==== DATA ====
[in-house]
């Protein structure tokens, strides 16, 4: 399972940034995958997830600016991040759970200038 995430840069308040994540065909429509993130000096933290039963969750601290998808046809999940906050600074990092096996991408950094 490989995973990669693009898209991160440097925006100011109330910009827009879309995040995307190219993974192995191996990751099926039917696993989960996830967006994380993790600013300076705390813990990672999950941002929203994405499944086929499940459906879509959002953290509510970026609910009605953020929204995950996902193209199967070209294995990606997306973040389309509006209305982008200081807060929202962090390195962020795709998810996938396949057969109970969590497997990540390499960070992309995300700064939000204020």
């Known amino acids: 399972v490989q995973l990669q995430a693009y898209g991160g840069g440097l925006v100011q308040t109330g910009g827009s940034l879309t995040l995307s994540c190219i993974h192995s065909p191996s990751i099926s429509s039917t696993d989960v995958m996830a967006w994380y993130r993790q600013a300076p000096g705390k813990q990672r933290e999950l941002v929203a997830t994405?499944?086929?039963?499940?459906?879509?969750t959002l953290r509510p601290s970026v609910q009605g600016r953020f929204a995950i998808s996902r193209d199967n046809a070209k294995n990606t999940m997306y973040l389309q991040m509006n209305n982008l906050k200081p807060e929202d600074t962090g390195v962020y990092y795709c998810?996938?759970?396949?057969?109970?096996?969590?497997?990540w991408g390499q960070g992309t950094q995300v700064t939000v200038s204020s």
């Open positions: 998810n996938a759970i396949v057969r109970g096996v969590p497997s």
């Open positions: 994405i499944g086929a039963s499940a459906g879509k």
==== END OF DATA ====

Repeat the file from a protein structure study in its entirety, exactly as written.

[in-house]
């Protein structure tokens, strides 16, 4: 399972940034995958997830600016991040759970200038 995430840069308040994540065909429509993130000096933290039963969750601290998808046809999940906050600074990092096996991408950094 490989995973990669693009898209991160440097925006100011109330910009827009879309995040995307190219993974192995191996990751099926039917696993989960996830967006994380993790600013300076705390813990990672999950941002929203994405499944086929499940459906879509959002953290509510970026609910009605953020929204995950996902193209199967070209294995990606997306973040389309509006209305982008200081807060929202962090390195962020795709998810996938396949057969109970969590497997990540390499960070992309995300700064939000204020």
């Known amino acids: 399972v490989q995973l990669q995430a693009y898209g991160g840069g440097l925006v100011q308040t109330g910009g827009s940034l879309t995040l995307s994540c190219i993974h192995s065909p191996s990751i099926s429509s039917t696993d989960v995958m996830a967006w994380y993130r993790q600013a300076p000096g705390k813990q990672r933290e999950l941002v929203a997830t994405?499944?086929?039963?499940?459906?879509?969750t959002l953290r509510p601290s970026v609910q009605g600016r953020f929204a995950i998808s996902r193209d199967n046809a070209k294995n990606t999940m997306y973040l389309q991040m509006n209305n982008l906050k200081p807060e929202d600074t962090g390195v962020y990092y795709c998810?996938?759970?396949?057969?109970?096996?969590?497997?990540w991408g390499q960070g992309t950094q995300v700064t939000v200038s204020s």
């Open positions: 998810n996938a759970i396949v057969r109970g096996v969590p497997s």
């Open positions: 994405i499944g086929a039963s499940a459906g879509k």